It’s just another day in Metropolis. Citizens go about their business, Superman stands by to protect them, the Daily Planet staff gather all the news that’s fit to put out across several platforms… but high above Metropolis, Jimmy Olsen is jumping out of a spacecraft.
Without a parachute. He’s not without resources, though, having had STAR Labs boffins inject him with stem cells from Metamorpho the Element Man, mixed with ‘gunk’ from a flying lizard. What could possibly go wrong?
Now that’s a Giant Turtle Olsen. Cue a daring rescue by Superman… and the destruction of one of Metropolis’s most famous monuments.
Back at the Daily Planet, after the strange transformation of Jimmy Olsen has worn off, editor Perry White is all for firing the red-head reporter for sending the paper’s insurance premiums sky high. But it’s not that simple.
New publisher Ms Leone, though, has a thought.
And there’s more. Both before the events I’ve described – history lessons involving Jimmy’s similarly ginger family members – and after – Jimmy’s new digs. And we close on a mystery that’s bound to bring the majority of readers back for the second part of this 12-issue maxi-series.
Actually, I wouldn’t be surprised were everyone to come back for more because this debut by writer Matt Fraction, artist Steve Lieber, colourist Nathan Fairbairn and letterer Clayton Cowles is pure delight. It’s light-hearted but not dumb, connected to current Superman continuity but not strangled by it.
And at the centre of everything is Superman’s Pal Jimmy Olsen, photographer turned digital journalist with the perfect 21st-century excuse for the kind of nutty escapades in which his Silver Age self indulged daily, and which readers accepted without pause. Jimmy seems to flip personality with every new writer on the Superman books, but Fraction skews towards my favourite Jimmy, the talented journalist who’s drawn to risk but not actually an idiot, a seriously smart guy who knows how to enjoy life in the madhouse that is the DC Universe.
This is also the Jimmy we’re getting from current Superman writer Brian Michael Bendis, which makes sense given the inclusion of that writer’s intriguing new character Ms Leone – if you don’t know what her deal is, track down recent issues of Action Comics or the Leviathan Rising Special.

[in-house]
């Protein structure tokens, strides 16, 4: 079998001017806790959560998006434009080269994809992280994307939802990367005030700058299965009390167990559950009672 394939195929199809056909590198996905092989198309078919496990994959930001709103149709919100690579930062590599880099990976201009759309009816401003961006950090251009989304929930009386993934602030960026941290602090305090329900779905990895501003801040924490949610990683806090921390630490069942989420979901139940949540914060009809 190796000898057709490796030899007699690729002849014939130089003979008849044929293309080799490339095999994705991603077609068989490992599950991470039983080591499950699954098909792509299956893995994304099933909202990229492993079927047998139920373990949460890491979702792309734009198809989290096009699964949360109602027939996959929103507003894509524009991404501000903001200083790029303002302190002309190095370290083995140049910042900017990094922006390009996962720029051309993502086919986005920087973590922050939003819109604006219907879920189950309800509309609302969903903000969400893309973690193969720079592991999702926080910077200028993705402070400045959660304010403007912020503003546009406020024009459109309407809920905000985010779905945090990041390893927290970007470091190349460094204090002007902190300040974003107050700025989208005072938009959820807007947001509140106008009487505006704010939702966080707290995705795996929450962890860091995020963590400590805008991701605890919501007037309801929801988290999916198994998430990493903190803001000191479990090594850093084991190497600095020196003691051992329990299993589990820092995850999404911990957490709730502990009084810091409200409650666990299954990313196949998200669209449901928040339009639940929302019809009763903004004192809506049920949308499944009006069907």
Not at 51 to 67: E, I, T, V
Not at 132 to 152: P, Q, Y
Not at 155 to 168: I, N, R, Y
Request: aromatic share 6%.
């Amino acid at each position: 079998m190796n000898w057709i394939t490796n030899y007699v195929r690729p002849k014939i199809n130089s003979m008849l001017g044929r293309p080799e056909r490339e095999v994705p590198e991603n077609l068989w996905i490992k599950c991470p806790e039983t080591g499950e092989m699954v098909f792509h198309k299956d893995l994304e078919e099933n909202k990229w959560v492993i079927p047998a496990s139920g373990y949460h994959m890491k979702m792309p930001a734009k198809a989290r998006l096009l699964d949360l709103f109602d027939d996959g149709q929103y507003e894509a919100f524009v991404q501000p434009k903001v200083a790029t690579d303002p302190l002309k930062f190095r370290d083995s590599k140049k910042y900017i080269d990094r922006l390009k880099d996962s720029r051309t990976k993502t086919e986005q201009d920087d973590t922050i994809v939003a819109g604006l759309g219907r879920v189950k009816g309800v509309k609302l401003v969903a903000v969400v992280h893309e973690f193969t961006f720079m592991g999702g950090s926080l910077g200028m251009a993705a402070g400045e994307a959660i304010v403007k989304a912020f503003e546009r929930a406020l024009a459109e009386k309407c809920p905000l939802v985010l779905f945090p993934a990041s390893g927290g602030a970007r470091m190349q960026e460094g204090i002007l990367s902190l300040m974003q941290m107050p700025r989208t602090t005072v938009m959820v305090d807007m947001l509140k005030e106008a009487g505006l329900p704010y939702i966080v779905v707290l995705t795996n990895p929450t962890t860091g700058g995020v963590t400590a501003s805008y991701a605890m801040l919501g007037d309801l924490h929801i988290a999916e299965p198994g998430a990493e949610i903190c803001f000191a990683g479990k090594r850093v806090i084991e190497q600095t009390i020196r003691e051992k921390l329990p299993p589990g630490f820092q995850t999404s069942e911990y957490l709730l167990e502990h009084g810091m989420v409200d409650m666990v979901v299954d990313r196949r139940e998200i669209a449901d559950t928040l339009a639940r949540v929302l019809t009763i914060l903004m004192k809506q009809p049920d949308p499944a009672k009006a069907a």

I also like Fraction’s version of Superman, especially when in Clark mode – while we won’t say he knows he’s in a comic book, he can’t resist a George Reeves-style wink at the reader.
As for Perry, he’s a hoot. Like Jimmy, he’s comic character as multiple personality disorder, but here he’s classic Perry – a passionate newshound with a big heart. Jimmy annoys him, but he’s family.
Regarding the new characters, presumably Dr Anton Mantel will be Jimmy’s fresh Professor Potter, his pet mad scientist, while Ed Lynch may be a Funky Flashman huckster type. We’ll see. Meanwhile, my favourite new guy is the laid-back I.T. Mike. Plus, the crossword chap makes for nice sight gags. More please.
And could we have the return of air hostess Lucy Lane? I suspect Fraction and Lieber would have a fun take on Jim’s flighty on-off girlfriend.
I love getting some Metropolis history, seeing how entrenched the Olsens are; the uodate on the old JO Fan Club; and being reminded that Jimmy comes from money – a fact that likely helped form his happy-go-lucky attitude. I’m intrigued as to where this series will go – everywhere, I suspect, geographically, but also in terms of Jimmy’s emotional journey. What does it really mean to be Superman’s Pal?
Other things I liked an awful lot: the montage of Jimmy adventures, at least one of which is darned close to an actual Sixties issue; the Silver Age-style narrative openings to the chapters; the chapters themselves evoking the timeless three-stories-per-issue format… it’s all such fun, the tone reminding me of the severely underrated Knight and Squire mini-series (if you have the DC App, and haven’t read it, do). The only things I didn’t like were a surprised Jimmy yelling ‘Jesus Christ’ – I’m not saying Superman’s Pal should revive ‘Jeepers’ in 2019, but ‘Jesus Christ’ really doesn’t suit him – and his horrifying armpit hair!
Even that was funny, though, courtesy of Lieber. Steve Lieber is the perfect modern Jimmy Olsen artist, being as great at capturing regular folk as he is at selling the regular bizarre elements. Take a look at that last picture of Perry and Ms Leone – the body language, the folds of the clothes, the skilful way the artist pulls off a tricky sideways angle on Perry’s hand. Plus, Lieber is a fine storyteller, and an accomplished visual comedian.
Fairbairn’s colouring is refreshingly light and airy, except towards the end, when the story demands a change of approach – and that works well too. As for Cowles, his wonderfully polite lettering choices are much appreciated.
The cover by Lieber and Fairbairn is a perfect scene setter, with its nod to Jimmy’s crazy comic book past, and the tweaked version of his classic logo is a treat – we get the original inside – bar the use of the Superman shield to begin the phrase ‘Superman’s Pal’. That stylised symbol never works as part of a word.
So again, I loved this issue. I’m keen, though, to hear what folk who didn’t grow up with goofy Silver and Bronze Age Jimmy made of it. And everyone else, of course!